So about 1930, when you take into account farming, etc., net material production employment began to decline, worldwide. That was one way a space opened up that an attention economy could begin to fill, and that filling began, along with a number of other effects (such as the Great Depression, World War II, the arms race, etc.)

In the aftermath of WWII, in the US anyway, these further developments occurred:

1 More-or-less universal high-school education took place in larger and larger high schools; tertiary education, including large junior or community college campuses and enormous state university enrollments also burgeoned.

2 The popularity of phonograph records, network radio and TV, as well as paperback books, meant the whole society began to have a web of stars in common, which had not been possible to the same degree before.

3. New, so-called information technologies, added ever newer modes of attention paying and then attention seeking behavior. Proliferating office work, again more and more interconnected by a whole series of new technologies became a major site of attention seeking, paying and receiving.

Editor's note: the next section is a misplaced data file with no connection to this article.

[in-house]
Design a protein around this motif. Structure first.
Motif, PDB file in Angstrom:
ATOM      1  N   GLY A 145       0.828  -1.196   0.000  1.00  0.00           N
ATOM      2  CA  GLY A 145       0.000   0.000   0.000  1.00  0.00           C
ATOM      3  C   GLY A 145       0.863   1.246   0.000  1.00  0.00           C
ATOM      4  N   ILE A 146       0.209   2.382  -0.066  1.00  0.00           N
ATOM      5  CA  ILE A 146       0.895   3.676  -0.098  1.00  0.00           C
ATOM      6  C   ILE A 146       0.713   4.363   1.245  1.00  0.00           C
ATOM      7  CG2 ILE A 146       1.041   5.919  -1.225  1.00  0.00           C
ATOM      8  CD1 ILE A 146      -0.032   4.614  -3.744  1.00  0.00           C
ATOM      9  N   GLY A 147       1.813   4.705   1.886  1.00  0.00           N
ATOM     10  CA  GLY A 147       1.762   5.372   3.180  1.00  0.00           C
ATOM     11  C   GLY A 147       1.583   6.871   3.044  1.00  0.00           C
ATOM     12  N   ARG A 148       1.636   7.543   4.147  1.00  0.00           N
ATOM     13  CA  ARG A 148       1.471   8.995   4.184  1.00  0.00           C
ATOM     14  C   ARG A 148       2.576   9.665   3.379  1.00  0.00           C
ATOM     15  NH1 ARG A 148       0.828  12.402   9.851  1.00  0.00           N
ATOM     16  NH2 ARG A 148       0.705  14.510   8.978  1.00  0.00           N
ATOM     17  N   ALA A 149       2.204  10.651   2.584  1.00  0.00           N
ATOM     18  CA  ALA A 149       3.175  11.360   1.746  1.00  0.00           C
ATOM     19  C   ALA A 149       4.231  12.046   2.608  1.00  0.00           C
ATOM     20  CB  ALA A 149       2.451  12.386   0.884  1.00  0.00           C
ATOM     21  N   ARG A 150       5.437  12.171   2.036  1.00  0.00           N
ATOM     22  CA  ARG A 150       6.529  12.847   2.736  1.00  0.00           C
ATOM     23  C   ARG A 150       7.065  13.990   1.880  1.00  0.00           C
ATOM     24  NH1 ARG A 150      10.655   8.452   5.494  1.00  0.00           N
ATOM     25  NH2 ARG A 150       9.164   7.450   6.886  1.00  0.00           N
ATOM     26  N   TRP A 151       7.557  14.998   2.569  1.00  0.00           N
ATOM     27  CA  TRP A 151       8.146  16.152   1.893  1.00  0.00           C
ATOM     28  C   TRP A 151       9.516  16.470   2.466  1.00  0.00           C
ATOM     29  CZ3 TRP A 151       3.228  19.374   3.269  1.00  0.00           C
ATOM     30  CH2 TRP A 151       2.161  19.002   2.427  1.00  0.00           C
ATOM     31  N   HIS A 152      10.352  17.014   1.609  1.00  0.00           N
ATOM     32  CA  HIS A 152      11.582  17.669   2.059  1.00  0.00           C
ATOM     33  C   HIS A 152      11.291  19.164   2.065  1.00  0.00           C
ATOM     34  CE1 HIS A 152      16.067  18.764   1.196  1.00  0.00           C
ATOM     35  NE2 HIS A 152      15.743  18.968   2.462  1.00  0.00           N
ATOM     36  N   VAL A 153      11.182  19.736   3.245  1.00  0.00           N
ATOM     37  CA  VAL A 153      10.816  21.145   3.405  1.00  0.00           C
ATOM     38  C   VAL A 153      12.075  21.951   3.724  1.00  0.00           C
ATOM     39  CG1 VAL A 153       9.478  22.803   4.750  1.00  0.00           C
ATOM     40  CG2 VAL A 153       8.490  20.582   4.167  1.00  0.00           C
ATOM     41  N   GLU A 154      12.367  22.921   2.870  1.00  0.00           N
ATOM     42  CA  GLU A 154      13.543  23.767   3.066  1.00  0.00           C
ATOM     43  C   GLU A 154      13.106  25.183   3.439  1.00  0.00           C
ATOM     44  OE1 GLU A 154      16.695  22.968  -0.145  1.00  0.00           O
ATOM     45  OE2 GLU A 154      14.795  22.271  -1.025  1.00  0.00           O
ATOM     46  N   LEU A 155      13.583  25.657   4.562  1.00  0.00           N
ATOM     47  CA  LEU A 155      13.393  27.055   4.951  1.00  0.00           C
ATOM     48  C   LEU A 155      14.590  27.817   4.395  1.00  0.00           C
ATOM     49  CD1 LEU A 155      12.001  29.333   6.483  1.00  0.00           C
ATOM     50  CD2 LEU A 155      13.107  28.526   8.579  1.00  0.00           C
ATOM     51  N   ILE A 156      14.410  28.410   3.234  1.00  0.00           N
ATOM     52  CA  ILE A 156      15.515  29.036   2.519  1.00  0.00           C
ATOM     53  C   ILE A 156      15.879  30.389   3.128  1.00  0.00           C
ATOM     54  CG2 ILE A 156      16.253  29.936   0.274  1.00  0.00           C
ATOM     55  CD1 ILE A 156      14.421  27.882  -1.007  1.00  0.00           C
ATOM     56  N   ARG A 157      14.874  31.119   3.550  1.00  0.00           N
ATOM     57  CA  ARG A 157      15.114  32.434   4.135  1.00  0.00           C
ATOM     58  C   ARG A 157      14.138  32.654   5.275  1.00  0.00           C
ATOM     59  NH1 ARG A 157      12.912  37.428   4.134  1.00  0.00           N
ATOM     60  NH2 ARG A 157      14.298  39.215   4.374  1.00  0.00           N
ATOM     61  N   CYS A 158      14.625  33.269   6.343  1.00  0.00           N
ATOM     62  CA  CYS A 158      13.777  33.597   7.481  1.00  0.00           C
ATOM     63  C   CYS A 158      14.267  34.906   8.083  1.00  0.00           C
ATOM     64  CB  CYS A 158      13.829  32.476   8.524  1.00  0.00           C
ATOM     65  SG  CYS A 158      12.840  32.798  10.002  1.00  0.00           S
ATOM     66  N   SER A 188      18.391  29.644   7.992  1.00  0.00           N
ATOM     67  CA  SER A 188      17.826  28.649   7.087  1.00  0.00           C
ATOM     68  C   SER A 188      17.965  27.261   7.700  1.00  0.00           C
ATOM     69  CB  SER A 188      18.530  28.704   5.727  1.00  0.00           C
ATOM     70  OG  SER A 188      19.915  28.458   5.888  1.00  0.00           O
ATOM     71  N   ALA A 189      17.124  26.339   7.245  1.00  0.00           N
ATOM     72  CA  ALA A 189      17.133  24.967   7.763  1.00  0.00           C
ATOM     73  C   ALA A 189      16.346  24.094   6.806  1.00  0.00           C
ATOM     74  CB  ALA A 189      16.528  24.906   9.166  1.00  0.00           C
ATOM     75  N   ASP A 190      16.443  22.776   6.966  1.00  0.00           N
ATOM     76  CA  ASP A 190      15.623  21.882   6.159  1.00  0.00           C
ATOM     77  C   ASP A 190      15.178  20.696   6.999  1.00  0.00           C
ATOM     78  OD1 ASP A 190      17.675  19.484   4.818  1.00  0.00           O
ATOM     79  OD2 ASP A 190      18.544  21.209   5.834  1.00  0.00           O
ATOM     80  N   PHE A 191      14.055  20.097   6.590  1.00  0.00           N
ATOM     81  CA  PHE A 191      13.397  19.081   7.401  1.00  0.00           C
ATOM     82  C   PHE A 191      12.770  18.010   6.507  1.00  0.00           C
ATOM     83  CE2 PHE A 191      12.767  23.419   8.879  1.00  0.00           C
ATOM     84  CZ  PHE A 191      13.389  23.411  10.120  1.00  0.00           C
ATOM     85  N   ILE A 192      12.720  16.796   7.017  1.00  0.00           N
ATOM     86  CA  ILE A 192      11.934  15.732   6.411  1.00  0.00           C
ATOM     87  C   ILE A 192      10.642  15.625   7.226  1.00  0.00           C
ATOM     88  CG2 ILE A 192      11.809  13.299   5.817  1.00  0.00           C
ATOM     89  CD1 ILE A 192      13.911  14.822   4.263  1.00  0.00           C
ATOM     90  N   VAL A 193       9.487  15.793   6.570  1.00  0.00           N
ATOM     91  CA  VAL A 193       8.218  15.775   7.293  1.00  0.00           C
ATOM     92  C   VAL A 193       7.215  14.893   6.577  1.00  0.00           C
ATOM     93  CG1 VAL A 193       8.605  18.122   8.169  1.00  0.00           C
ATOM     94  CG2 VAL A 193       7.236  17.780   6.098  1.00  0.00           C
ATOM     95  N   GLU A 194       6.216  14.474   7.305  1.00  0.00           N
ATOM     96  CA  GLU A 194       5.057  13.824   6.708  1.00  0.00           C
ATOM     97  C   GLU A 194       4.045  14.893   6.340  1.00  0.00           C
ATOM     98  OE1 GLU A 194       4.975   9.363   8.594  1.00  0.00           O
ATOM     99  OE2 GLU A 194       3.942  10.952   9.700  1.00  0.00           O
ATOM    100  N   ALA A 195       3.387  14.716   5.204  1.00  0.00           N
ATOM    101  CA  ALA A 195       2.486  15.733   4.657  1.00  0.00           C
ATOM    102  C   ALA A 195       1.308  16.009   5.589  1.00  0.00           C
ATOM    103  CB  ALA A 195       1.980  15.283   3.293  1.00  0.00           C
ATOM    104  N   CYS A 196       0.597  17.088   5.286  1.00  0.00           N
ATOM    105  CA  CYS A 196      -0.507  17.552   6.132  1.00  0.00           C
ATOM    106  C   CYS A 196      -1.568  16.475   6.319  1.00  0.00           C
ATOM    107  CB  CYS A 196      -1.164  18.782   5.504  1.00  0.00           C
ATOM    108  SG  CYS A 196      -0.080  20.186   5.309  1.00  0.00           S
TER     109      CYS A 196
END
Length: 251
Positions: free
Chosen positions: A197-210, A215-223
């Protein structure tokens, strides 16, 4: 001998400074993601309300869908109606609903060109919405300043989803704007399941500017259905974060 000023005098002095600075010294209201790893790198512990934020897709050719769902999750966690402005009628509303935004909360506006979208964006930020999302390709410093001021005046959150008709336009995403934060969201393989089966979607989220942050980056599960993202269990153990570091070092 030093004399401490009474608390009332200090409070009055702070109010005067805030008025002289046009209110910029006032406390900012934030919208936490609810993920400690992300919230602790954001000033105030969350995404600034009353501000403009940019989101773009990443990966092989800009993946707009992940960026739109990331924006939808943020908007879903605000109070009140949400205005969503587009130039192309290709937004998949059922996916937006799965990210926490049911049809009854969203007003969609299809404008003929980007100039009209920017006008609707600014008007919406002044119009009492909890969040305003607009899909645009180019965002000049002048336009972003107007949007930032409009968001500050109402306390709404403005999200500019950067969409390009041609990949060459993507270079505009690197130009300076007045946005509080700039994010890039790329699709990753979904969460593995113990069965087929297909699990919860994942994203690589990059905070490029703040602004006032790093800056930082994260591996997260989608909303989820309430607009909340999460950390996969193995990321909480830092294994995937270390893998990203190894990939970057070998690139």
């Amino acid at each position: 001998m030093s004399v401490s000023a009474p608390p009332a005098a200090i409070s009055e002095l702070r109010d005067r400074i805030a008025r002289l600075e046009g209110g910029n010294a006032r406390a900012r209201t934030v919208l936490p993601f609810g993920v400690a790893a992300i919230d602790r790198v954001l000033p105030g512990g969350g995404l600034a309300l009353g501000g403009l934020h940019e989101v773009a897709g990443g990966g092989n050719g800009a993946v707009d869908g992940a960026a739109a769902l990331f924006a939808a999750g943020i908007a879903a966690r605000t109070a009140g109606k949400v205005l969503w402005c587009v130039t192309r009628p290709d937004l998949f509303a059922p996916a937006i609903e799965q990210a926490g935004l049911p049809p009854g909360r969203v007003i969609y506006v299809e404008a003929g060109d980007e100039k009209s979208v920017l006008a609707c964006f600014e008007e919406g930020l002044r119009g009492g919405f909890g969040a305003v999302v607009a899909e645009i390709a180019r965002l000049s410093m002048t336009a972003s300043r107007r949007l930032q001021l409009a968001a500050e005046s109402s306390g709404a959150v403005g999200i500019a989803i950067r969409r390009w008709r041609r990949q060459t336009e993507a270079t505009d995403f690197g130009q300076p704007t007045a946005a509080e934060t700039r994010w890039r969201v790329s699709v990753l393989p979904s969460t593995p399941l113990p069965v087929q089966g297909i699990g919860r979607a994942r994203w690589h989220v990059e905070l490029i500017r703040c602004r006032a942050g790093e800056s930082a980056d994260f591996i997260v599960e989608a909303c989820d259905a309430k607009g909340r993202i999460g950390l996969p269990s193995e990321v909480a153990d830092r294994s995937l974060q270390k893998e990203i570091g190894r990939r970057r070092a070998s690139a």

Taken together these three developments meant that young people grew up in a world in which they had plenty of role models for attention getting: the stars of various media. They also had a built in situation (large high schools) in which they could be part of large audiences, or could seek to become stars in those very milieux, in all the different types of audience-related activities, from sports to school politics, to simple in-group popularity to extra-curricular activities like forming rock or rap groups, etc. As child labor had been outlawed, but child attention –getting activities had not been, there was an even greater impetus to move in those directions. Since then, the ever-new technologies for attention getting have greatly increased seeming opportunities for competing for attention, and as this heated up, the scarcity of attention only added more pressure. In a very preliminary guess I would also put forth that the Implicit Goal of Attention Economy is: to tightly intertwine everyone at the level of mind. But that involves individuals seeking, obtaining and/or paying attention. which is now what is most scarce and desirable. Because it takes some attention even to wish for new material goods, much less acquire, possess and use them, the growing scarcity of attention increases the pressure on the old economy. A growing percentage of the goods that are either bought or lusted after are sought strictly because of their presumed value in attention-getting.